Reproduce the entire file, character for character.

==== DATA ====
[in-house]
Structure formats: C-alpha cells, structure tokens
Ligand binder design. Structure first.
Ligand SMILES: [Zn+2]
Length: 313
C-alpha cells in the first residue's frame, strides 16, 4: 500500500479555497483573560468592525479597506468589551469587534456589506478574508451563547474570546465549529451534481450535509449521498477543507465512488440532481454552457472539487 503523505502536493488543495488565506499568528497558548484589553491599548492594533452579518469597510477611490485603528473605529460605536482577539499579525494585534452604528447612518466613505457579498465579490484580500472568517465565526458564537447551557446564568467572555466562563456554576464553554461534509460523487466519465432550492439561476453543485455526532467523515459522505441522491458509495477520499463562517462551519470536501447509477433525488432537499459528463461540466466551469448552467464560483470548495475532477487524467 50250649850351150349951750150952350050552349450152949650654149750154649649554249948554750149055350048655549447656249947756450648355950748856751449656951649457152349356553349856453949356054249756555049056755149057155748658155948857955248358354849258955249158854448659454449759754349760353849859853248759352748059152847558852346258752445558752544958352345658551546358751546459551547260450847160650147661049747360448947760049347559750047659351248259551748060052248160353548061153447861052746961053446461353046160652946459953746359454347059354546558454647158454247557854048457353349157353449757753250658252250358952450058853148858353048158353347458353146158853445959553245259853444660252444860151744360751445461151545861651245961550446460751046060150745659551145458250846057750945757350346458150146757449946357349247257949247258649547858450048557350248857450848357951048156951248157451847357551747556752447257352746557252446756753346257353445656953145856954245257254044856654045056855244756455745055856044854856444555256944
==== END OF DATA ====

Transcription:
[in-house]
Structure formats: C-alpha cells, structure tokens
Ligand binder design. Structure first.
Ligand SMILES: [Zn+2]
Length: 313
C-alpha cells in the first residue's frame, strides 16, 4: 500500500479555497483573560468592525479597506468589551469587534456589506478574508451563547474570546465549529451534481450535509449521498477543507465512488440532481454552457472539487 503523505502536493488543495488565506499568528497558548484589553491599548492594533452579518469597510477611490485603528473605529460605536482577539499579525494585534452604528447612518466613505457579498465579490484580500472568517465565526458564537447551557446564568467572555466562563456554576464553554461534509460523487466519465432550492439561476453543485455526532467523515459522505441522491458509495477520499463562517462551519470536501447509477433525488432537499459528463461540466466551469448552467464560483470548495475532477487524467 50250649850351150349951750150952350050552349450152949650654149750154649649554249948554750149055350048655549447656249947756450648355950748856751449656951649457152349356553349856453949356054249756555049056755149057155748658155948857955248358354849258955249158854448659454449759754349760353849859853248759352748059152847558852346258752445558752544958352345658551546358751546459551547260450847160650147661049747360448947760049347559750047659351248259551748060052248160353548061153447861052746961053446461353046160652946459953746359454347059354546558454647158454247557854048457353349157353449757753250658252250358952450058853148858353048158353347458353146158853445959553245259853444660252444860151744360751445461151545861651245961550446460751046060150745659551145458250846057750945757350346458150146757449946357349247257949247258649547858450048557350248857450848357951048156951248157451847357551747556752447257352746557252446756753346257353445656953145856954245257254044856654045056855244756455745055856044854856444555256944